Skip to comments.ACLJ Represents 63 Members of Congress Filing Amicus Brief Backing Suit Challenging ObamaCare
Posted on 11/19/2010 4:29:58 PM PST by mdittmar
(Washington, DC) The American Center for Law and Justice (ACLJ), focusing on constitutional law, today filed an amicus brief with a federal court in Florida on behalf of 63 members of Congress and more than 70,000 Americans in support of Florida's lawsuit challenging the constitutionality of the federal health care law. The Florida brief is the ACLJ's latest effort - which includes backing Virginia's legal challenge and a lawsuit of its own - contending the individual mandate forcing Americans to purchase health insurance violates the Constitution.
"The health care law is not only the wrong prescription for the nation, it's a constitutionally flawed measure that we believe ultimately will be rejected by the courts and the American people," said Jay Sekulow, Chief Counsel of the ACLJ. "The requirement forcing Americans to purchase health insurance under penalty of law represents an unprecedented expansion of federal power which threatens individual liberty. It's our hope that the legal challenges - coupled with a growing sentiment in Congress to derail the health care law - will ensure that ObamaCare is never implemented. As evidenced by the latest elections, most Americans want sensible, affordable health care reform - not government-run ObamaCare that violates the Constitution."
The ACLJ filed its amicus brief in U.S. District Court for the Northern District of Florida, Pensacola Division on behalf of 63 members of Congress and more than 70,000 Americans who oppose the individual insurance mandate in federal health care law.
In its friend-of-the-court brief, the ACLJ contends that the federal health care law is government over-reach and violates the Commerce Clause of the U.S. Constitution.
"Put simply, Congress cannot pass any law that seems to most efficiently address a national problem. Every federal law must derive from one of the grants of authority found in the Constitution," the brief asserts. "This unprecedented expansion of federal power reflected in the governments understanding of the commerce power is wrong, and that expansion of power threatens individual liberty."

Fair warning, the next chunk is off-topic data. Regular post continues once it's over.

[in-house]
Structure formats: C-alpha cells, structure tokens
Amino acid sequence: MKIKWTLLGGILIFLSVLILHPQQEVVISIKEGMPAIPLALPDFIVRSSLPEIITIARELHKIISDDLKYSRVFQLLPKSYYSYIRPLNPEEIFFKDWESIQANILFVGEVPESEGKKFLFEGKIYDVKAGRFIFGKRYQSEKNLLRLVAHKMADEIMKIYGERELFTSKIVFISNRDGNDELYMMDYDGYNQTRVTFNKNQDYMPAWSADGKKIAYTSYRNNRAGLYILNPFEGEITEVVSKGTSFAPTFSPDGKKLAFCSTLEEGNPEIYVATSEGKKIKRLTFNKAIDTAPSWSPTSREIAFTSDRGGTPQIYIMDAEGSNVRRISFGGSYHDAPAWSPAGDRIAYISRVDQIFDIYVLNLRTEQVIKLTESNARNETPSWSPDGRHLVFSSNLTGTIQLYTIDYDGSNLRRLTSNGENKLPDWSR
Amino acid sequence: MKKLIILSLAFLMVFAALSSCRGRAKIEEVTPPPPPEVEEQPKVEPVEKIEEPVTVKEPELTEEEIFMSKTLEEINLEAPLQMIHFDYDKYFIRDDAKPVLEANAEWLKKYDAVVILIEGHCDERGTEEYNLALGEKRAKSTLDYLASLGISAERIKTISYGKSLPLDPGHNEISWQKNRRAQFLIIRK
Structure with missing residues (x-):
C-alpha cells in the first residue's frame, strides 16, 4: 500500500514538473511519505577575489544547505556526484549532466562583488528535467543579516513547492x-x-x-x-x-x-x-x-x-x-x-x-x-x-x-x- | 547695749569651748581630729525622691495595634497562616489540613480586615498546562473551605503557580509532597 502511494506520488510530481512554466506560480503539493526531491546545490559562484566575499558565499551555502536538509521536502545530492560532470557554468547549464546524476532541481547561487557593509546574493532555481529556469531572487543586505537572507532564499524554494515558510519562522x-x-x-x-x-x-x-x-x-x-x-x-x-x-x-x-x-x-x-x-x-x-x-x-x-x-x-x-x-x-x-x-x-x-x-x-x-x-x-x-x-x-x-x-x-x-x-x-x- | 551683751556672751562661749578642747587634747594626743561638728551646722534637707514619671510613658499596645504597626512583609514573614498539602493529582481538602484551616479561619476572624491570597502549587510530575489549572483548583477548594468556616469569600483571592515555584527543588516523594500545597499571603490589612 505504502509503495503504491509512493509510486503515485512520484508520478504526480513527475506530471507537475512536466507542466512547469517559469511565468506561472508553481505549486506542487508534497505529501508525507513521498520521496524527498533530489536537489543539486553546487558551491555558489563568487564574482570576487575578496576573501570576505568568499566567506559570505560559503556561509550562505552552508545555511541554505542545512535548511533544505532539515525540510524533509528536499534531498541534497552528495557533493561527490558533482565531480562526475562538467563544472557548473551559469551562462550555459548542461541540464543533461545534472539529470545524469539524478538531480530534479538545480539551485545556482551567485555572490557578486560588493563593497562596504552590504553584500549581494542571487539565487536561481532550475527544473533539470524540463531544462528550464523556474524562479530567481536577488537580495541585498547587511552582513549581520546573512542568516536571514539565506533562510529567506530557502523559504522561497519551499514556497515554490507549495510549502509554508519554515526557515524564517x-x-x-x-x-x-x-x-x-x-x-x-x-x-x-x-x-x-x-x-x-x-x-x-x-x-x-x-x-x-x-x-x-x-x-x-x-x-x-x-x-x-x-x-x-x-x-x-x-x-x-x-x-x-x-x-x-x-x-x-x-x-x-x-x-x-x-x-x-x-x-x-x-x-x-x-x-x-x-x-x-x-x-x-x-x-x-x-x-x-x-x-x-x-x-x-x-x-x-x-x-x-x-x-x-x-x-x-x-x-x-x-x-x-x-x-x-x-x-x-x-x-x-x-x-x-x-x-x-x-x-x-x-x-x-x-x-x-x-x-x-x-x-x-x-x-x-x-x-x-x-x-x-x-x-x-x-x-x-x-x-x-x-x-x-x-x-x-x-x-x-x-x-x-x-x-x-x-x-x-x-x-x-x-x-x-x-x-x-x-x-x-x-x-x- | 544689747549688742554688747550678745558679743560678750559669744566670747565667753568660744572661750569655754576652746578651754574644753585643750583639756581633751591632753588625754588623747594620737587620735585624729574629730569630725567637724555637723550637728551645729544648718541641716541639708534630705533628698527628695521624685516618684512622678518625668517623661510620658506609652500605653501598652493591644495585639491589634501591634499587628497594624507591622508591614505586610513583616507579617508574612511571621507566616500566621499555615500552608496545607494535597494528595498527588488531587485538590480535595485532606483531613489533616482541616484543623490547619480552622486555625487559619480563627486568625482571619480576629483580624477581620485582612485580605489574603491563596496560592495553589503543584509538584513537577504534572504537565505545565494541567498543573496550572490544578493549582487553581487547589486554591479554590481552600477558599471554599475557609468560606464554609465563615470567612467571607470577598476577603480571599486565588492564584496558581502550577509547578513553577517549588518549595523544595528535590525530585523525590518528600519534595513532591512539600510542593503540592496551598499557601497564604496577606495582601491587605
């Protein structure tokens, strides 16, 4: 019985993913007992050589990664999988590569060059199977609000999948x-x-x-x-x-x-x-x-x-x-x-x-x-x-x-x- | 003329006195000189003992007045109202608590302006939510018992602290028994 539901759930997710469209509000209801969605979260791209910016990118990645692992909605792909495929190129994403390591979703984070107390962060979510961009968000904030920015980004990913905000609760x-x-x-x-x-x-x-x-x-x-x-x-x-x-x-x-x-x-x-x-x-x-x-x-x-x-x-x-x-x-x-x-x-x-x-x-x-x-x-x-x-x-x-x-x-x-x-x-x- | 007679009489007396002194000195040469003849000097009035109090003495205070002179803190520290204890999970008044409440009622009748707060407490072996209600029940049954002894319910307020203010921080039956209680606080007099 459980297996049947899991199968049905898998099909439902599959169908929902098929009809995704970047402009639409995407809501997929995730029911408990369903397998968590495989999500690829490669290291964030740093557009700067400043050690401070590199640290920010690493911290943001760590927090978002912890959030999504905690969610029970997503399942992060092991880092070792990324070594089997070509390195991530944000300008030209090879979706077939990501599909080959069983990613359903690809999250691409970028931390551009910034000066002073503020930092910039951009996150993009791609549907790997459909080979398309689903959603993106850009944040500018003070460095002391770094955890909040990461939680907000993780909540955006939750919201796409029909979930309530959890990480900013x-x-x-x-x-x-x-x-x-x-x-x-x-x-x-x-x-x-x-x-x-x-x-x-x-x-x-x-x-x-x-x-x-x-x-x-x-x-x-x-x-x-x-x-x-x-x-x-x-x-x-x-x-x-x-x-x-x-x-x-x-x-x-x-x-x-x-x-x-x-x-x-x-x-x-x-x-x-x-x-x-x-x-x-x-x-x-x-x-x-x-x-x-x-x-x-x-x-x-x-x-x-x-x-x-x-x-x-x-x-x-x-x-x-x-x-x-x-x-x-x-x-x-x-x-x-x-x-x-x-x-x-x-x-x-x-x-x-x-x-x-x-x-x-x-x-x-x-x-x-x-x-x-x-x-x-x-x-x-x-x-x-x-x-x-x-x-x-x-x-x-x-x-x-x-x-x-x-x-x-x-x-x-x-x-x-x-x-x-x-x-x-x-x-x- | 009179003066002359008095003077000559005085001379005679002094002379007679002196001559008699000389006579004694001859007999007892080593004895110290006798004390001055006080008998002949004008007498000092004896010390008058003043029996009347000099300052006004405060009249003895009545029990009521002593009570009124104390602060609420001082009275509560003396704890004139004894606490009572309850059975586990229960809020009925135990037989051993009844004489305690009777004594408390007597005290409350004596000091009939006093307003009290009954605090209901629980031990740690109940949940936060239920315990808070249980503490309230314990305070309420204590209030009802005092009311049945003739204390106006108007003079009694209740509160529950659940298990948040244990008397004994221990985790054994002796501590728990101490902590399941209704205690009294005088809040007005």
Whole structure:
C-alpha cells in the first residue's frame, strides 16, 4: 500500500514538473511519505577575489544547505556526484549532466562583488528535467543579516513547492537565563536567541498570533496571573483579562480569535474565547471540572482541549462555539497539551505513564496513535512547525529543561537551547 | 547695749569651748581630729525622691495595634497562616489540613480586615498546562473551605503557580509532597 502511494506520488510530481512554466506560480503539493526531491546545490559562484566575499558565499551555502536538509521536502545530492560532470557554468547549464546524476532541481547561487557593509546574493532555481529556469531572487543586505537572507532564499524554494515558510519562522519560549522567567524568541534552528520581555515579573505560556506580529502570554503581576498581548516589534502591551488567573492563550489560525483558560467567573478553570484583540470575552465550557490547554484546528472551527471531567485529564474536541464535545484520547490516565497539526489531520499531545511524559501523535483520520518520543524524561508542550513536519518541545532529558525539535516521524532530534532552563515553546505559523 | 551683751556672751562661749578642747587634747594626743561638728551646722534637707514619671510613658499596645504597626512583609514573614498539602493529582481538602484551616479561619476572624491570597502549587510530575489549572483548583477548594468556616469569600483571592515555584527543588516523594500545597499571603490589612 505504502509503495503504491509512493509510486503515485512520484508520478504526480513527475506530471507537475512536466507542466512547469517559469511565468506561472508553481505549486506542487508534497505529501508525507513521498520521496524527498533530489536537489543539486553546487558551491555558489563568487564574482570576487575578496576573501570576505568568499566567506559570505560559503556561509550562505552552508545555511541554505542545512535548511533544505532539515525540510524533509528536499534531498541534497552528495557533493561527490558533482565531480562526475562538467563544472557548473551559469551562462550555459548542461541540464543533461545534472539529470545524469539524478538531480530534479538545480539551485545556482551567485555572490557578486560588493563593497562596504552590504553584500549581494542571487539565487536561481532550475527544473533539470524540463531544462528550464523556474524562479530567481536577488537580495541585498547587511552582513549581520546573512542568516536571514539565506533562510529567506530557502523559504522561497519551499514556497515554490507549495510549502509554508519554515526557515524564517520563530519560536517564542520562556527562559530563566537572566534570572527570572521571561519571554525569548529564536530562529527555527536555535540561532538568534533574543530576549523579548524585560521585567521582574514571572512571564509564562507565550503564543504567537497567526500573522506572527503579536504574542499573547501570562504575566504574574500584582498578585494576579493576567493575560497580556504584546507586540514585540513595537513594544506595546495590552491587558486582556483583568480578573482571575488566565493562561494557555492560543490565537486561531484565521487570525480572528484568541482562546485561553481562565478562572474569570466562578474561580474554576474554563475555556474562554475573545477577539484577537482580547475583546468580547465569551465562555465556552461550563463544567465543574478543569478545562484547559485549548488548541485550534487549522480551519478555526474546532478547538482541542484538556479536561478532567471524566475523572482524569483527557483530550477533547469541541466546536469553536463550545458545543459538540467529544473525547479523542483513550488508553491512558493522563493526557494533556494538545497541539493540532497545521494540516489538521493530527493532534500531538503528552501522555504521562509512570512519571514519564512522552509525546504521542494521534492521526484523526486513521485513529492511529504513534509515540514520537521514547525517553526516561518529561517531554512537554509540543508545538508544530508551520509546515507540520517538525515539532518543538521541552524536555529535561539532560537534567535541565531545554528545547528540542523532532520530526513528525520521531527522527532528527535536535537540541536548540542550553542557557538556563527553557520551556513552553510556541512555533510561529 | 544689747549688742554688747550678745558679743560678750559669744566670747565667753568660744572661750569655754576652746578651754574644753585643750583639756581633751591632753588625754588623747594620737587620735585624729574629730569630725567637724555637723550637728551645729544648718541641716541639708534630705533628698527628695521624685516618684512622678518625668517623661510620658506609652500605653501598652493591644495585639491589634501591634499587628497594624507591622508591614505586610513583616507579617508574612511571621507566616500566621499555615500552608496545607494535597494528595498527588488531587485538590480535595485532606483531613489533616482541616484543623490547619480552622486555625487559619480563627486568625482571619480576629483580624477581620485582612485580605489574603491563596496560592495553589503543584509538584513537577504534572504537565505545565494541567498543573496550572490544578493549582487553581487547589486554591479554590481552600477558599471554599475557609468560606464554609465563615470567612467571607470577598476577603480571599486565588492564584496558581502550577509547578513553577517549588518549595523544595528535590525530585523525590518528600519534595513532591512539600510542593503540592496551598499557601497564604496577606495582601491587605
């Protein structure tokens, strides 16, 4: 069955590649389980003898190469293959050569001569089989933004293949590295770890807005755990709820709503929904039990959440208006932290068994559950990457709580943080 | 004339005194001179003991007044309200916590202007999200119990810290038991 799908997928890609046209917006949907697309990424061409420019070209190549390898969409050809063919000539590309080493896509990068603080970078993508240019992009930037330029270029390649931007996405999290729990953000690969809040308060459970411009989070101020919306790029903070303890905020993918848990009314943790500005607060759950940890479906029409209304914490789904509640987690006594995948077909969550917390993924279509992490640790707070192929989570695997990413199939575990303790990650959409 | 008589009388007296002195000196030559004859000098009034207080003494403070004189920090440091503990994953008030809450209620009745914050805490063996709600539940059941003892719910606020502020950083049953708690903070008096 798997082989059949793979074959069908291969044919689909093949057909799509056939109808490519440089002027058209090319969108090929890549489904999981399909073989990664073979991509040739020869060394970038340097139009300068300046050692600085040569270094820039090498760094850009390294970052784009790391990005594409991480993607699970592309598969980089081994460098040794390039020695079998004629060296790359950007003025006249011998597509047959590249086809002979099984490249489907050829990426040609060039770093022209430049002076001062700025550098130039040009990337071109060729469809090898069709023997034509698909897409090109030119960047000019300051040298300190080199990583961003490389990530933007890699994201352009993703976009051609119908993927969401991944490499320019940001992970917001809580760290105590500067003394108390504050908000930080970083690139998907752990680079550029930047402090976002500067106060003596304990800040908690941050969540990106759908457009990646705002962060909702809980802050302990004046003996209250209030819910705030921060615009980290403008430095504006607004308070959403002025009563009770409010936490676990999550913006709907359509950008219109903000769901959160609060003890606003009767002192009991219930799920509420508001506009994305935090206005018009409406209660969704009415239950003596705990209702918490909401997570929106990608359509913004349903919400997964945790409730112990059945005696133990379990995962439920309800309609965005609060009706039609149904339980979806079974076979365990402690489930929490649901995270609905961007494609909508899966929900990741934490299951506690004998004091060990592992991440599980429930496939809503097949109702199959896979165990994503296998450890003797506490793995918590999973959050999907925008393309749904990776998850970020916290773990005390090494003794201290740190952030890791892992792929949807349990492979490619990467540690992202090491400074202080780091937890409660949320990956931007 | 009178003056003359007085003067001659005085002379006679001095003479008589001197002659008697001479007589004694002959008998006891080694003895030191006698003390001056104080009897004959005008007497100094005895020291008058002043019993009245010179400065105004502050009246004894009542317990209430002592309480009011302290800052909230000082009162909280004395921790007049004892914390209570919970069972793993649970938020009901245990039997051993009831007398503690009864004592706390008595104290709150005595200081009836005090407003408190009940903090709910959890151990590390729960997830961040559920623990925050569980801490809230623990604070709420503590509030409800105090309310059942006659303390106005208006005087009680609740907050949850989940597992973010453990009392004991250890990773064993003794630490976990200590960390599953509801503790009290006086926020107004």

The brief further contends: "Interpreting the commerce power to enable Congress to force American citizens to purchase health insurance would place Americans economic liberty in serious jeopardy. There is no principled basis for limiting such power to health insurance purchases because every purchasing decision may have a rippling effect on interstate commerce."
"Upholding the individual mandate would effectively confer upon Congress 'a plenary police power,' Lopez, 514 U.S. at 566, over all individual economic decisions and place Americans economic liberty at risk," the brief asserts.
In this filing, the ACLJ represents 63 Members of the U.S. House of Representatives, led by Dr. Paul Broun and including incoming House Majority Leader Eric Cantor, as well as the ACLJ's Constitutional Committee to Challenge the President and Congress on Health Care, which consists of over 70,000 Americans from across the country who oppose the individual mandate.
Members of the U.S. House of Representatives include: Paul Broun, Robert Aderholt, Todd Akin, Rodney Alexander, Michele Bachmann, Spencer Bachus, Rob Bishop, Marsha Blackburn, Michael Burgess, Dan Burton, Eric Cantor, Jason Chaffetz, Mike Coffman, Tom Cole, Mike Conaway, Geoff Davis, Jeff Flake, John Fleming, Virginia Foxx, Trent Franks, Scott Garrett, Louie Gohmert, Tom Graves, Ralph Hall, Greg Harper, Jeb Hensarling, Wally Herger, Lynn Jenkins, Walter Jones, Jim Jordan, Steve King, John Kline, Doug Lamborn, Robert Latta, Cynthia Lummis, Dan Lungren, Connie Mack, Donald Manzullo, Kenny Marchant, Kevin McCarthy, Tom McClintock, Cathy McMorris Rodgers, Garry Miller, Jeff Miller, Jerry Moran, Randy Neugebauer, Pete Olson, Ron Paul, Mike Pence, Joe Pitts, Bill Posey, Tom Price, George Radonovich, Mike Rogers (AL), Steve Scalise, Pete Sessions, John Shadegg, Adrian Smith, Lamar Smith, Todd Tiahrt, Zach Wamp, Lynn Westmoreland, and Joe Wilson.
You can read the ACLJ's amicus brief here.
The ACLJ is also challenging the individual mandate with its own lawsuit filed in federal court in Washington, D.C. and has filed an amicus brief on behalf of 28 members of Congress and more than 70,000 Americans supporting the Commonwealth of Virginia's lawsuit challenging the mandate in federal court in Richmond.
Led by Chief Counsel Jay Sekulow, the American Center for Law and Justice focuses on constitutional law and is based in Washington, D.C.
American Civil Liberties Union (ACLU)
I assume there's a difference - no?
This case is going to be won in Virginia - not Florida. If you notice, ACL&J went there first. Ken Cuccinelli is going to be a hero before this is over. He’ll be Virginia’s next governor.